We write this as people who have long argued that a currency union such as the Economic and Monetary Union (EMU) would need to be accompanied by what could be termed a fiscal union (see, for example, Arestis, P., McCauley, K. and Sawyer, M. (2001), “An Alternative Stability and Growth Pact for the European Union,” Cambridge Journal of Economics, Vol. 25, No. 1, pp. 113-130.)
It would then seem that we should be celebrating the proposed moves in EMU towards what is termed fiscal union; we rather, however, write of the dangers of the proposed fiscal union. The fiscal union, which we would view as required, would be one where there are substantial tax raising powers at the EMU level, say of the order of 10 per cent of EMU GDP (compare this with the Federal government in the USA raises taxes of the order of 20 per cent of GDP).
This fiscal union would involve a significant amount of fiscal transfer from richer countries to poorer countries: a proportional tax regime would raise absolutely more money in richer countries than in poorer countries, and a progressive one also relatively more. Provided that public expenditure did not exactly match tax revenue in a particular region, but rather was to some degree related to population size and to need, there would be transfer of resources from rich to poor.
Another key element of such a fiscal union would be the ability of the relevant Federal authority (Ministry of Finance) to operate a fiscal policy with deficits and surpluses as appropriate for the state of the economy. Further it would require the support of the European Central Bank in the operation of fiscal policy and willingness to buy where the bonds issued by that Federal authority.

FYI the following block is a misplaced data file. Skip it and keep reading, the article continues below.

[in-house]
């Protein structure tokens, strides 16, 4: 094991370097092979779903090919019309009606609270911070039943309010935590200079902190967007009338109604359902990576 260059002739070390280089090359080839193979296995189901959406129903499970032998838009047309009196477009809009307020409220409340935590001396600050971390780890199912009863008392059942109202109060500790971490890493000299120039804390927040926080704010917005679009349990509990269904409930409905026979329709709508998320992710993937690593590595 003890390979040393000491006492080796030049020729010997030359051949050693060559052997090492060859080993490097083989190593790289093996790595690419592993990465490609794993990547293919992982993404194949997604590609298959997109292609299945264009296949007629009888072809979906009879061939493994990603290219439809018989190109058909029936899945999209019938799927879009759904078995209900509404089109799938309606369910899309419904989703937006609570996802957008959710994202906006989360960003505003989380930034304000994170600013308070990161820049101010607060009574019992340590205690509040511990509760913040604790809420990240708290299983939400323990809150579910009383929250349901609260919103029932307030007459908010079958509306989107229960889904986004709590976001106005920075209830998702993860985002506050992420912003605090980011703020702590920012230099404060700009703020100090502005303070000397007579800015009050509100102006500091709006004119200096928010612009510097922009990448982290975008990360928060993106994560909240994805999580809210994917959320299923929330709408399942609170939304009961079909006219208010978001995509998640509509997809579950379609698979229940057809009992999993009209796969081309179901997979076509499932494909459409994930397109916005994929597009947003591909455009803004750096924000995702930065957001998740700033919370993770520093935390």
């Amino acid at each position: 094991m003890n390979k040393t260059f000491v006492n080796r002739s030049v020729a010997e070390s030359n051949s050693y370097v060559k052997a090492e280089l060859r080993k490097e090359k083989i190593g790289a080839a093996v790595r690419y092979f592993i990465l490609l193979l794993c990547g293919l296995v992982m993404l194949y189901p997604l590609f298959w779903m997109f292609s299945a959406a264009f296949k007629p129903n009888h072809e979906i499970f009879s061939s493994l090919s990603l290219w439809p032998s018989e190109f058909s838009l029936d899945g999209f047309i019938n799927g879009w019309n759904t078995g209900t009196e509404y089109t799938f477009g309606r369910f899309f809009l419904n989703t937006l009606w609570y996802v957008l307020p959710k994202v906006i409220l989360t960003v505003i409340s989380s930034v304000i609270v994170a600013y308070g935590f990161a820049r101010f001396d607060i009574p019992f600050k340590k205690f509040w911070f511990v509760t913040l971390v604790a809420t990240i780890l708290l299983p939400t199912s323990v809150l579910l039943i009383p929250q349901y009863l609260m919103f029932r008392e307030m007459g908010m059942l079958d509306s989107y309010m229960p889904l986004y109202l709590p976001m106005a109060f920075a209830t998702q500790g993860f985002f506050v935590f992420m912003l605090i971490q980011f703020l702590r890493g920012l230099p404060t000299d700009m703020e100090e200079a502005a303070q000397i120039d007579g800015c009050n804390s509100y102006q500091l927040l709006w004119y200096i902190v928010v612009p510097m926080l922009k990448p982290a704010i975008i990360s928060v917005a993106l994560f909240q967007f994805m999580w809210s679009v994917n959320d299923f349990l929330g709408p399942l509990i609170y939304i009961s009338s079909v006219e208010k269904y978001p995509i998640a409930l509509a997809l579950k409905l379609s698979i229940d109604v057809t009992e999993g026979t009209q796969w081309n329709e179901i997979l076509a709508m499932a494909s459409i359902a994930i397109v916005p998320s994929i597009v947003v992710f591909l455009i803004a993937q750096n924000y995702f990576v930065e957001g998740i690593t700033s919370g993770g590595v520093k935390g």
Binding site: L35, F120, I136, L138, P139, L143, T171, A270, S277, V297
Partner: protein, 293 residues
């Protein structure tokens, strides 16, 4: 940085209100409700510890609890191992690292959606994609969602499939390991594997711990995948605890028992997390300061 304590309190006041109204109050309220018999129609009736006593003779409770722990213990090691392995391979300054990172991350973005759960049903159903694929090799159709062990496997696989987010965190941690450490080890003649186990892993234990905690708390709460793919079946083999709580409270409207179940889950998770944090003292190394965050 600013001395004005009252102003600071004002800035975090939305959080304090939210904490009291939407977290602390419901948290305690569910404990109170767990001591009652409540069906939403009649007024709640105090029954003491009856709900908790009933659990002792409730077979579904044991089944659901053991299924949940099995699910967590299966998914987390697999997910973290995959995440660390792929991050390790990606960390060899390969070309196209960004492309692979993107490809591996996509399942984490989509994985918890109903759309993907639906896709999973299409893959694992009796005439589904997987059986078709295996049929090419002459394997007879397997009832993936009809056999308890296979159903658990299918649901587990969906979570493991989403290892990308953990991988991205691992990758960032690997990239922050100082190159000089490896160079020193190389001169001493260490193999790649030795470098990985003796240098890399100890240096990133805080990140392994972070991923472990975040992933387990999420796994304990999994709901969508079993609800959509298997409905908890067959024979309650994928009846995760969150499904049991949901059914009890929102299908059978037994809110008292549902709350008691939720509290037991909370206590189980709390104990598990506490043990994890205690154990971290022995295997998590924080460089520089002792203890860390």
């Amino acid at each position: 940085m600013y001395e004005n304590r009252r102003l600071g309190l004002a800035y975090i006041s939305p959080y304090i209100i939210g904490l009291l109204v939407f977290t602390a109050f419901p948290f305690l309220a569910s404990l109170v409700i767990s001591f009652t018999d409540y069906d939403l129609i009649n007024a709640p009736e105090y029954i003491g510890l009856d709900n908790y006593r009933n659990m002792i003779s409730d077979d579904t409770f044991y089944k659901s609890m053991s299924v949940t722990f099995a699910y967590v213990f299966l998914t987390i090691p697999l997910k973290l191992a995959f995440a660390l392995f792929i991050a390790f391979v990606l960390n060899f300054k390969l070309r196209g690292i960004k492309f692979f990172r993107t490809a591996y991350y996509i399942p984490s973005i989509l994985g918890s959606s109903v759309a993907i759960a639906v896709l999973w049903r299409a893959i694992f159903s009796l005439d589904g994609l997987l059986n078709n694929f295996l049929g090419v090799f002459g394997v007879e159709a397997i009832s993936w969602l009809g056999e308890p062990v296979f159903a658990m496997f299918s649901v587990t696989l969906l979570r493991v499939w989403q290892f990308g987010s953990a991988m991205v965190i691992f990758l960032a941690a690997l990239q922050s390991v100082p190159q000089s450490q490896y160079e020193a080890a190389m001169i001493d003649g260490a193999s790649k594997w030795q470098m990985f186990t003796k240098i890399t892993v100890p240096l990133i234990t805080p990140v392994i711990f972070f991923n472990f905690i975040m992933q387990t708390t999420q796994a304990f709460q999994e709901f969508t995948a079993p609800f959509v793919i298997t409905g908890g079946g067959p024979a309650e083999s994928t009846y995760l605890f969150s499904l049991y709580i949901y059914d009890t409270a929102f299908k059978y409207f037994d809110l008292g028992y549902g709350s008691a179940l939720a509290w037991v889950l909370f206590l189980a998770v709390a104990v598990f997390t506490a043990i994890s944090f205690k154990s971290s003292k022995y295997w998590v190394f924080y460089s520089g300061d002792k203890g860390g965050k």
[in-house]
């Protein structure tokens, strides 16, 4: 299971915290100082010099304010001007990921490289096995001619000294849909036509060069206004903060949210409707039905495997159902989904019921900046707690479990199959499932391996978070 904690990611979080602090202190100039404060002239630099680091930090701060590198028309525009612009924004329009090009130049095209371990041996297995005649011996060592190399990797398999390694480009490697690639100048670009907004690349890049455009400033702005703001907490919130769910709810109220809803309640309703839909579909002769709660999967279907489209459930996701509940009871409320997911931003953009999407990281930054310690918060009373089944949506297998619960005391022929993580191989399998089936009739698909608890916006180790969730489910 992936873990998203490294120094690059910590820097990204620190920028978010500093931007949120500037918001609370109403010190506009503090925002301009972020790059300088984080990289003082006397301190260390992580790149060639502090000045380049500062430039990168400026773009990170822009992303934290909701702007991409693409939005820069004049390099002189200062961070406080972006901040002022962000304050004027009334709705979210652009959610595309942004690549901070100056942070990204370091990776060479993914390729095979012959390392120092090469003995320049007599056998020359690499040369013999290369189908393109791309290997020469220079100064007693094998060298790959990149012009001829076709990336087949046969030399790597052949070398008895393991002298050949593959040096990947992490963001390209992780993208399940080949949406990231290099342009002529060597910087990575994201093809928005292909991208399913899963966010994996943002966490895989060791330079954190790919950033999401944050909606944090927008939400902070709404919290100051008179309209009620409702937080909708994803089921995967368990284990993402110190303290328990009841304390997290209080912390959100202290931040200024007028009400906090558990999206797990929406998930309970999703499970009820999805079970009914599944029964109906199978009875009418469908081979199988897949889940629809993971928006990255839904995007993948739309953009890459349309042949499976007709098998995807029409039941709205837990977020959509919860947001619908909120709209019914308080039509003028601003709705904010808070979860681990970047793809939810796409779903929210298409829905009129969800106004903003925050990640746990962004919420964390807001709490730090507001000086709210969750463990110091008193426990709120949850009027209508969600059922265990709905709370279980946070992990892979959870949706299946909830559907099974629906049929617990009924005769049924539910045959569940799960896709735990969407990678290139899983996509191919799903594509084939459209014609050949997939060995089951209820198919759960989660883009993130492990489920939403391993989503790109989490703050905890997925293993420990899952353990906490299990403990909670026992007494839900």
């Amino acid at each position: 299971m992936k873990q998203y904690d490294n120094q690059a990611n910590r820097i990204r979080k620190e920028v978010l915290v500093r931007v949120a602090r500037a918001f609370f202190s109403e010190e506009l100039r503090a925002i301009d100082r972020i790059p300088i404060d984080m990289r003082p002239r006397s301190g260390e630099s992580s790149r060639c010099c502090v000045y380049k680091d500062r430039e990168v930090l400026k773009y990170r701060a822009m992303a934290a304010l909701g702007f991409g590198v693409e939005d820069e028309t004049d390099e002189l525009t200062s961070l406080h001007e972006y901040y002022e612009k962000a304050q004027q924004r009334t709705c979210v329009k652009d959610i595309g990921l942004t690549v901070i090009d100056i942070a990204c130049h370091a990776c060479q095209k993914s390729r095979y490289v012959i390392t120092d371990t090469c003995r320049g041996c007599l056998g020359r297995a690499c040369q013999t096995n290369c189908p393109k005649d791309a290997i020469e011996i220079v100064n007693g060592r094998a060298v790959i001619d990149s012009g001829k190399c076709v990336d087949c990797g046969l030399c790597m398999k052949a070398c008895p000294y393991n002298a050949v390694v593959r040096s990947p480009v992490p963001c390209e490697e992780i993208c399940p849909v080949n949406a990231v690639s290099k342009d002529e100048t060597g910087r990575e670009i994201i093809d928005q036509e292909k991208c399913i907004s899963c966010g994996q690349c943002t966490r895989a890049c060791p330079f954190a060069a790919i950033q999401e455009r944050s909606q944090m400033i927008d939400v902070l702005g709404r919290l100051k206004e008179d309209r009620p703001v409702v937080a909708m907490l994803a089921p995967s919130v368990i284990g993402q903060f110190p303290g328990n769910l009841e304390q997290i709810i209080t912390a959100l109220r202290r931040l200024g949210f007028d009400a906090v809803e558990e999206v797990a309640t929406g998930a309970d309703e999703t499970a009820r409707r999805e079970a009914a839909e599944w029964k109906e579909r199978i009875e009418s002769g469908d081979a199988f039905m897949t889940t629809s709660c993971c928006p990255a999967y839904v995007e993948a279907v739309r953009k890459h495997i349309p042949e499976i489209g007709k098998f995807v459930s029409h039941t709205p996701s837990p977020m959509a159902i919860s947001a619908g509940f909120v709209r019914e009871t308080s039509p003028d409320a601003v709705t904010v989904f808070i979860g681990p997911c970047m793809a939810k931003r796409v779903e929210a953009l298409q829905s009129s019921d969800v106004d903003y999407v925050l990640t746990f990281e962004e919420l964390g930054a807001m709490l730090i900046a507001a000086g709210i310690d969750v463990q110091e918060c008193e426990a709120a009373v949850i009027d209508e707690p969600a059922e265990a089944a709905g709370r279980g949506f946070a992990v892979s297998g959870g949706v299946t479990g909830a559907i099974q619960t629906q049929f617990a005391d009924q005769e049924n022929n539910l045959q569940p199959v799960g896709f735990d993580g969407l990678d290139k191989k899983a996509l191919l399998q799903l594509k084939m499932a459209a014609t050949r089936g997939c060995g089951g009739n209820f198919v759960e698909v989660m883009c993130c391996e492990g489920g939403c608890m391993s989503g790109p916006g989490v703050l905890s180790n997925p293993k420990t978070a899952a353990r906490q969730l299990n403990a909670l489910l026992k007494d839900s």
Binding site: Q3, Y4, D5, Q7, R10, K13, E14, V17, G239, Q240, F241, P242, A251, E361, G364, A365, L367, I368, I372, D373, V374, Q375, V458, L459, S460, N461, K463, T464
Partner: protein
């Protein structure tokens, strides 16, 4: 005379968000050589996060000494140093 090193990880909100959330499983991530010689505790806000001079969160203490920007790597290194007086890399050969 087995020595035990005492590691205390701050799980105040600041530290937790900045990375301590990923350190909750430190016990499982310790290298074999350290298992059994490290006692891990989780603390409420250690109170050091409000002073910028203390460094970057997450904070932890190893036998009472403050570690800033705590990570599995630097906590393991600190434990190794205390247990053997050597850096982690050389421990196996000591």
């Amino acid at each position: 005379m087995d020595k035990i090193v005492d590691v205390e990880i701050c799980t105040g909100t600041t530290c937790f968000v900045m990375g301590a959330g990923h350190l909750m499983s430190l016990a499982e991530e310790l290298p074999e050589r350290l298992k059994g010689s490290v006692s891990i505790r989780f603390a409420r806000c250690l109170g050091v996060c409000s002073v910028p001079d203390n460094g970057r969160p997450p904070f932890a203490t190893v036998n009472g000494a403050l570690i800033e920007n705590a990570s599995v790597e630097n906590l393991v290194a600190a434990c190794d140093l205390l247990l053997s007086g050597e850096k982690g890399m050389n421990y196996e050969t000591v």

The type of fiscal union currently under discussion is rather different. It does not involve any EMU level tax raising powers nor the ability of EMU itself to run budget deficits (or surpluses). Fiscal policy remains with the national governments but subject to severe constraints and monitoring, all summarised under the new ‘fiscal compact’ (see “The ‘fiscal compact’ has not solved the euro crisis”).
The policy rules now proposed have two major problems. First, they are likely to operate in a de-stabilising manner. Attempts to balance a government budget with no regard to the economic circumstances would involve raising tax rates and cutting public expenditure in the face of economic slowdown, thereby exacerbating the slowdown. The rules may be modified to allow for the position of the business cycle (that is focus on the so-called structural budget position).
This would though exclude the use of discretionary policy measures, which would be deemed to increase the structural budget deficit. It would also face difficulties of calculating the structural budget position (assuming that a structural budget position is a well defined concept; see Malcolm Sawyer, ‘The contradictions of balanced structural government budget’ in H. Herr, et. al. (eds), From crisis to growth? The challenge of imbalances and debt, Metropolis Verlag, Marburg.)